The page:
Moerlein Farm or the Christian Moerlein Farm was on the north side of Port Union Road on the border of Fairfield and Union townships with acreage in both townships. Christian Moerlein, born in Bavaria, owned a brewery on Elm Street in Cincinnati that covered three city blocks. Moerlein bought the rural property in Butler County in the 1870-1876 period. The farm was a country retreat for the Moerlein family and a place to rest and recuperate draft horses used to pull the brewery's beer wagons. The original house was built on a hill and its driveway was on the township border. It was torn down in 1927 and replaced with a 17-room white frame house with pillars across the front. A nearby barn had the Moerlein name on its roof. The Moerlein farm could be reached from Cincinnati by either the Miami-Erie Canal at Port Union to the east, or the Cincinnati, Hamilton & Dayton Railroad to the west.
The Ohio History Central web site says "Moerlein was born in Truppack, Bavaria, in 1818. He immigrated to the United States in 1841, eventually settling in Cincinnati in 1842. In 1853, Moerlein established a brewery in Over-the-Rhine, a predominantly German neighborhood in Cincinnati. In its first year of operation, the Christian Moerlein Brewing Co. produced 1,000 barrels of beer. In just over a decade, the brewery produced more than 26,000 barrels of beer per year. Between 1812, when the first brewery opened its doors in Cincinnati, to the enactment of Prohibition in 1920, more than 50 different breweries had operated in the city. Moerlein was the most prominent brewer in the city. He sold his product across the United States as well as to other countries. During this time period, no other Cincinnati brewery entered the international marketplace. His most popular beer was 'Old Jug Lager Krug-Bier.' The brewery made Moerlein a wealthy man. In 1884, he invested some of his profits in the Cincinnati Cremation Co. Investors in the company hoped that cremation would become more popular than burials of deceased persons. They argued that cremation was more sanitary and would benefit the living by limiting the spread of diseases. The Christian Moerlein Brewing Co. continued to operate after his death in 1897. The brewery closed its doors forever with the enactment of Prohibition." Columnist Cliff Radel, writing in the Cincinnati Enquirer April 20, 2003, said by 1894, Moerlein "had the largest brewery in Ohio and the 13th largest in the nation, annually producing 500,000 barrels of beer for thirsty Cincinnatians and their 2,000 saloons, as well as for export to New Orleans, the Caribbean and Central and South America. A beer bearing his name and an approximation of his most popular recipe is owned by the Westwood-based Hudepohl-Schoenling Brewing Co. and brewed in Frederick, Md. In 2002, five varieties of Christian Moerlein beer accounted for 30,000 barrels of brew sold in 20 states and Washington, D.C." Robert J. Wimberg, author of Cincinnati Breweries, said "the recipe for what is now known as Christian Moerlein beer was prepared within the Hudepohl Brewing Co., before it reintroduced the name to the public in 1981. That said, it does remain faithful to the lager beer brewing style of the original, in that it has a fuller body than most American beers, and – like a number of pre-Prohibition beers – it does not use adjuncts (such as corn or rice, instead of pure barley malt) to lighten the flavor or color of the brew. "A century ago Cincinnati was the brewing capital of the United States. But 13 years of Prohibition, followed by the encroachment of national brands, ended that reign," wrote Doug Trapp in the June 4-10, 2003 issue of Cincinnati CityBeat. "Today the city's four remaining major brands -- Burger, Christian Moerlein, Hudepohl and Little Kings -- are actually made in Maryland. The only locally owned and produced beers are microbrews." Trapp said "for more than a year, financial difficulties have kept Cleveland-based Snyder International Brewing Group -- owners of the four remaining 'local' brands -- from consistently supplying enough to meet the Tristate's demand, let alone expanding their market share. In reality, Snyder International makes all four Cincinnati beers at the Frederick Brewing Co. in Frederick, Md."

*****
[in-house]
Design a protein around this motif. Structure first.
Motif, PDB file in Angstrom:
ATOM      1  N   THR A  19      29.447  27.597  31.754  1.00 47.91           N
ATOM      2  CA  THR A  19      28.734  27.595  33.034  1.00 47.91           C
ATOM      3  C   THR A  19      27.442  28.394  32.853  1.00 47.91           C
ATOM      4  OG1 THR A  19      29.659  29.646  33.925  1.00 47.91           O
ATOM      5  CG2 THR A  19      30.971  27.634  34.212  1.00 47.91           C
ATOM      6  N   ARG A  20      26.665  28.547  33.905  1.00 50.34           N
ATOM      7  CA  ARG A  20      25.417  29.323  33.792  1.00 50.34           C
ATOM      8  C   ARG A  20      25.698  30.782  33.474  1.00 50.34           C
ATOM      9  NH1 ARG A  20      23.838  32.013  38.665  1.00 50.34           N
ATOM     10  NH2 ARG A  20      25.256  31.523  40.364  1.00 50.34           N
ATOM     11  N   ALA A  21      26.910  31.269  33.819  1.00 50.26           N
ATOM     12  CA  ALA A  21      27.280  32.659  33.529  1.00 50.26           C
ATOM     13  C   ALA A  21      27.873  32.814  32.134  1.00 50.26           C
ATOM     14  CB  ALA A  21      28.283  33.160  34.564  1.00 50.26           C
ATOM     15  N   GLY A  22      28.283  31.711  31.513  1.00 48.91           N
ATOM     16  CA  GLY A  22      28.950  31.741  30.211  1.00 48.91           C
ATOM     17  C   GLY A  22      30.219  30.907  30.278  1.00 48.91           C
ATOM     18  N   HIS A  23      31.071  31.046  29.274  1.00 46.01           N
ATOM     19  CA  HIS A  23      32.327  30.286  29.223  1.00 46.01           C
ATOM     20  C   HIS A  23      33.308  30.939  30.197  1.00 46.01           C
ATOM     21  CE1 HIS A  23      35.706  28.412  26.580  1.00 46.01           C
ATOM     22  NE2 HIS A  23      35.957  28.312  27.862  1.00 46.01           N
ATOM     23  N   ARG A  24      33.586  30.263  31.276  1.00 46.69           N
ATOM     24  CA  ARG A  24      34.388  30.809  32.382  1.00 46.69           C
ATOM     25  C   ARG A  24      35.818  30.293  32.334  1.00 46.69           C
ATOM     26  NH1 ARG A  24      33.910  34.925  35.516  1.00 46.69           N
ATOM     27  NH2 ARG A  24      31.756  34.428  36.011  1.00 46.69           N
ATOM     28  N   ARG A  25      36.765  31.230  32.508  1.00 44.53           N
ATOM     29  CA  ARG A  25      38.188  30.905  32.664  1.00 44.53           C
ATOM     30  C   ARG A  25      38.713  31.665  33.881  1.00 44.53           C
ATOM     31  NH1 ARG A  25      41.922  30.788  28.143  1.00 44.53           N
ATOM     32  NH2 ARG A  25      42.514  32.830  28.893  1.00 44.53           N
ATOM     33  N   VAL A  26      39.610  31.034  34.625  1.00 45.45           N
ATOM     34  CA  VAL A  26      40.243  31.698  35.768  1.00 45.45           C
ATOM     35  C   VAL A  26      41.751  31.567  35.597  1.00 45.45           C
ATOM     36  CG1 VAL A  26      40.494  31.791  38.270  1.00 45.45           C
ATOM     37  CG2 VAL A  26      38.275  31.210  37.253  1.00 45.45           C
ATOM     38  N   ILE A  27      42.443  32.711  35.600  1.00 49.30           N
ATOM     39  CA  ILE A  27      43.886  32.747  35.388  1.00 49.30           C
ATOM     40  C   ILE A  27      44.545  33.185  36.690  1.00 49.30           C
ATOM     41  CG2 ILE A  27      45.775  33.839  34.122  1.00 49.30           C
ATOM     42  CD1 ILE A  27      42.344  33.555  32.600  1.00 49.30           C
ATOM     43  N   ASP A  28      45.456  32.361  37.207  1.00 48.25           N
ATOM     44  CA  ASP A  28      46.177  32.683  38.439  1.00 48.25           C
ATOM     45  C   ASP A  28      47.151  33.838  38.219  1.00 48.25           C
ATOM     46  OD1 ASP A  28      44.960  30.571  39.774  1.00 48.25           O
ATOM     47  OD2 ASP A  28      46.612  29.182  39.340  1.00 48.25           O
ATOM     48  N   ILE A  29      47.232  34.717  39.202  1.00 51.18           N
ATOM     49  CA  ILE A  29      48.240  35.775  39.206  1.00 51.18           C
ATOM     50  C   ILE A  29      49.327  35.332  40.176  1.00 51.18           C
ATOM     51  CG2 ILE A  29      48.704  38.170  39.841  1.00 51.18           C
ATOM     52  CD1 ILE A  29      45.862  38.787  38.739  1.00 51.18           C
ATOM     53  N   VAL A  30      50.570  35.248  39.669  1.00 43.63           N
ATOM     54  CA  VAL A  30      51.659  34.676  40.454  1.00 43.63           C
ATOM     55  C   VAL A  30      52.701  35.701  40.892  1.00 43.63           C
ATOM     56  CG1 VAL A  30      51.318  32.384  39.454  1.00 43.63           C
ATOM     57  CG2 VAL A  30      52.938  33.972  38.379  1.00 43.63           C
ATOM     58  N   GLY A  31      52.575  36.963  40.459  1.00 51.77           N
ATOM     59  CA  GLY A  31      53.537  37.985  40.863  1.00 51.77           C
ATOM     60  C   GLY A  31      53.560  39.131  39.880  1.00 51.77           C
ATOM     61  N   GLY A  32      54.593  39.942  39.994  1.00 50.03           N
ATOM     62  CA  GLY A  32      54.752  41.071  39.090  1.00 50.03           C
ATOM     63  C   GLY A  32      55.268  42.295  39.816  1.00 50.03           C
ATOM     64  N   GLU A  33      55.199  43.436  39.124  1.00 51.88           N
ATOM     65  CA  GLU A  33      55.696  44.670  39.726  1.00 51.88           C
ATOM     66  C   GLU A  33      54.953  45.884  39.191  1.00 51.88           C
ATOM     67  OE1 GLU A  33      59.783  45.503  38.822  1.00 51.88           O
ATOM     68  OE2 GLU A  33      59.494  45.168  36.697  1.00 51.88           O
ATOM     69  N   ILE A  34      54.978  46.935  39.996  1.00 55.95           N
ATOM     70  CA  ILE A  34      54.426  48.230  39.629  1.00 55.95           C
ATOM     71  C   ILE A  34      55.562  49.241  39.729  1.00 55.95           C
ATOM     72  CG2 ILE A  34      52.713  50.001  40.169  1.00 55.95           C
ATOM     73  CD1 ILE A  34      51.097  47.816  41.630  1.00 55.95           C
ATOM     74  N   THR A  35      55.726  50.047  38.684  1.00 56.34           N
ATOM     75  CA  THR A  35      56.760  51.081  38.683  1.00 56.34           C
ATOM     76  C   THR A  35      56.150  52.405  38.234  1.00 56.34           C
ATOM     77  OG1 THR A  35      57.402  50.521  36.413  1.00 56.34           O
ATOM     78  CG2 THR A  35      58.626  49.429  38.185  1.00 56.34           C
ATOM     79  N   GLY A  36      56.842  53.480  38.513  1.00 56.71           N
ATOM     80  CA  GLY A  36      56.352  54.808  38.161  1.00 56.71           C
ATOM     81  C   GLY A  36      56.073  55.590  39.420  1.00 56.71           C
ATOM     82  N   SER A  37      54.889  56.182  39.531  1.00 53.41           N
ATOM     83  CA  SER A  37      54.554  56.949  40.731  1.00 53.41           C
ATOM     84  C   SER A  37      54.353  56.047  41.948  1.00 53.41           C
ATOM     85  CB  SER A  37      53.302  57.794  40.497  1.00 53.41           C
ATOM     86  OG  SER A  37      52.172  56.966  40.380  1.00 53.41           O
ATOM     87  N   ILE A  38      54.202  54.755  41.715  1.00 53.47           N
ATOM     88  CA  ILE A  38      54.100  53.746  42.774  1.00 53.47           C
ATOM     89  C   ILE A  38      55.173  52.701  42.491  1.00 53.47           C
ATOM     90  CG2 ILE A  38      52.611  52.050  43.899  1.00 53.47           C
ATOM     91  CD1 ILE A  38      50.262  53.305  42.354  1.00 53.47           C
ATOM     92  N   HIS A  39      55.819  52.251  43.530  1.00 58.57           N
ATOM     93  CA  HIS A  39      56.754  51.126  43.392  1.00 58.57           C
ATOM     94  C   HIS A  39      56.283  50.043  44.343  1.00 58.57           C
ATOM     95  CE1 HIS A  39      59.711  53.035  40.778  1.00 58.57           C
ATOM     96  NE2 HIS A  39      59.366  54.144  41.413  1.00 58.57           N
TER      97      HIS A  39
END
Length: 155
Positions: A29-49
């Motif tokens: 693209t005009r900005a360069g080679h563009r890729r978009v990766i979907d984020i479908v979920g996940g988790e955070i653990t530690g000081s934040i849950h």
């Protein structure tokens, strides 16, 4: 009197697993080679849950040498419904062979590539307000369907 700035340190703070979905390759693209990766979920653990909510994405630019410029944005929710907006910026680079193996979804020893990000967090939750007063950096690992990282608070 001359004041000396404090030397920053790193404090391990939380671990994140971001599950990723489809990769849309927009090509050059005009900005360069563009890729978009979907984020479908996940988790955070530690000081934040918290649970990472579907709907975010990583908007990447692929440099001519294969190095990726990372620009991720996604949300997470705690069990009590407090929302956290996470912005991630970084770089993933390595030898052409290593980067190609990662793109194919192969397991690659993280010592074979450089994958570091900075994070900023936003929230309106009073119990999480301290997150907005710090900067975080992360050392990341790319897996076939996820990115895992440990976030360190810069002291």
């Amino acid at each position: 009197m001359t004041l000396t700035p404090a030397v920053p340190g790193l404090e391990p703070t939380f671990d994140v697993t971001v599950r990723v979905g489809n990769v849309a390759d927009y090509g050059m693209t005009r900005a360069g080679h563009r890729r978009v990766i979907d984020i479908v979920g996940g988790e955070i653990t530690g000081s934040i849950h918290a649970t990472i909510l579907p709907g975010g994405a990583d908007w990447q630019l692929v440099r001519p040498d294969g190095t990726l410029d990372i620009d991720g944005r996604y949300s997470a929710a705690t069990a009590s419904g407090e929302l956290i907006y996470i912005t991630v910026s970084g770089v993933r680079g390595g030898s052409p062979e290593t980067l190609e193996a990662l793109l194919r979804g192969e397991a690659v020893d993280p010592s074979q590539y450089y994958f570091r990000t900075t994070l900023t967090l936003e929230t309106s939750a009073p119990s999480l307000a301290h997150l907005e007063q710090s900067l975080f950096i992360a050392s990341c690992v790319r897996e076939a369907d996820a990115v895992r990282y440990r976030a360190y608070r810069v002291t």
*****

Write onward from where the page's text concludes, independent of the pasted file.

Trapp reported that "in 1996, Hudepohl-Schoenling, the city's last major beer maker, sold its only brewery to the Boston Beer Co., maker of Sam Adams beer. But Boston Beer wasn't interested in brewing the local brands anymore, especially the canned Hudy Delight and Burger, so Snyder bought them in 1999. Snyder International also owns the Crooked River beers of Cleveland and Wild Goose brand." Trapp said "many of the city's remaining brewery buildings, some of which date to the 1840s, are in need of help, according to Bob Wimberg, author of Cincinnati Breweries. The city's greatest concentration of old brewery buildings is along McMicken Avenue in northern Over-the-Rhine, where they moved for underground cool storage and access to natural springs, Wimberg says. 'The lost beers' names sound like old Cincinnati: Hudepohl, Crown, Lafayette, Mohawk, Jackson, Klotter, Bellevue. Some lasted for decades, others for less than a year. Many breweries in the city have been razed, and many of the old recipes died with them.
'Those recipes were strictly guarded by the brew masters,' Wimberg says.' "
(See Muhlhauser, Hauck-Windisch farms, Windisch Home and Beckett Park.)